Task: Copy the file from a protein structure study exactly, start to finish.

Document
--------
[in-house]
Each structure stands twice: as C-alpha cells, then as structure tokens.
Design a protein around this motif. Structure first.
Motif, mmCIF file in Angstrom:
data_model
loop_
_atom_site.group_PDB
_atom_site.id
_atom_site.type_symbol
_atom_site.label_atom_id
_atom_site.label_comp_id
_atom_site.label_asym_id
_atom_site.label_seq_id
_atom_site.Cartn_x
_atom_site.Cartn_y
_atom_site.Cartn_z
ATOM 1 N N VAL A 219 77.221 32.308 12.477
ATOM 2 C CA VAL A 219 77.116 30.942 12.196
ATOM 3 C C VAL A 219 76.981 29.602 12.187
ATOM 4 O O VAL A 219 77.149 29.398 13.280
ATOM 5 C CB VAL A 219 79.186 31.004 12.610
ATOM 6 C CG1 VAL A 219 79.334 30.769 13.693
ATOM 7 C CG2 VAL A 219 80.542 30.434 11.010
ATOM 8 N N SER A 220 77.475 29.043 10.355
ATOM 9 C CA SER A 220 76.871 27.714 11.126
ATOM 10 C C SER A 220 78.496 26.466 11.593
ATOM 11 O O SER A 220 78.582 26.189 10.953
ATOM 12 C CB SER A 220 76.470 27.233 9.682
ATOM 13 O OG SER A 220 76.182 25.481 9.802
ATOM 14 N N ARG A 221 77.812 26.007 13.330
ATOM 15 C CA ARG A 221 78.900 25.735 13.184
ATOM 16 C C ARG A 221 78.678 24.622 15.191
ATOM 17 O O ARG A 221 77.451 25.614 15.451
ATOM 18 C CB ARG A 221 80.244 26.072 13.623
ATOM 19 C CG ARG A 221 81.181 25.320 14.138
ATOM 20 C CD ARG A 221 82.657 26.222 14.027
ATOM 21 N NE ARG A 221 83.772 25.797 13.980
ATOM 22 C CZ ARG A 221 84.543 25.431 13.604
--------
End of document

[in-house]
Each structure stands twice: as C-alpha cells, then as structure tokens.
Design a protein around this motif. Structure first.
Motif, mmCIF file in Angstrom:
data_model
loop_
_atom_site.group_PDB
_atom_site.id
_atom_site.type_symbol
_atom_site.label_atom_id
_atom_site.label_comp_id
_atom_site.label_asym_id
_atom_site.label_seq_id
_atom_site.Cartn_x
_atom_site.Cartn_y
_atom_site.Cartn_z
ATOM 1 N N VAL A 219 77.221 32.308 12.477
ATOM 2 C CA VAL A 219 77.116 30.942 12.196
ATOM 3 C C VAL A 219 76.981 29.602 12.187
ATOM 4 O O VAL A 219 77.149 29.398 13.280
ATOM 5 C CB VAL A 219 79.186 31.004 12.610
ATOM 6 C CG1 VAL A 219 79.334 30.769 13.693
ATOM 7 C CG2 VAL A 219 80.542 30.434 11.010
ATOM 8 N N SER A 220 77.475 29.043 10.355
ATOM 9 C CA SER A 220 76.871 27.714 11.126
ATOM 10 C C SER A 220 78.496 26.466 11.593
ATOM 11 O O SER A 220 78.582 26.189 10.953
ATOM 12 C CB SER A 220 76.470 27.233 9.682
ATOM 13 O OG SER A 220 76.182 25.481 9.802
ATOM 14 N N ARG A 221 77.812 26.007 13.330
ATOM 15 C CA ARG A 221 78.900 25.735 13.184
ATOM 16 C C ARG A 221 78.678 24.622 15.191
ATOM 17 O O ARG A 221 77.451 25.614 15.451
ATOM 18 C CB ARG A 221 80.244 26.072 13.623
ATOM 19 C CG ARG A 221 81.181 25.320 14.138
ATOM 20 C CD ARG A 221 82.657 26.222 14.027
ATOM 21 N NE ARG A 221 83.772 25.797 13.980
ATOM 22 C CZ ARG A 221 84.543 25.431 13.604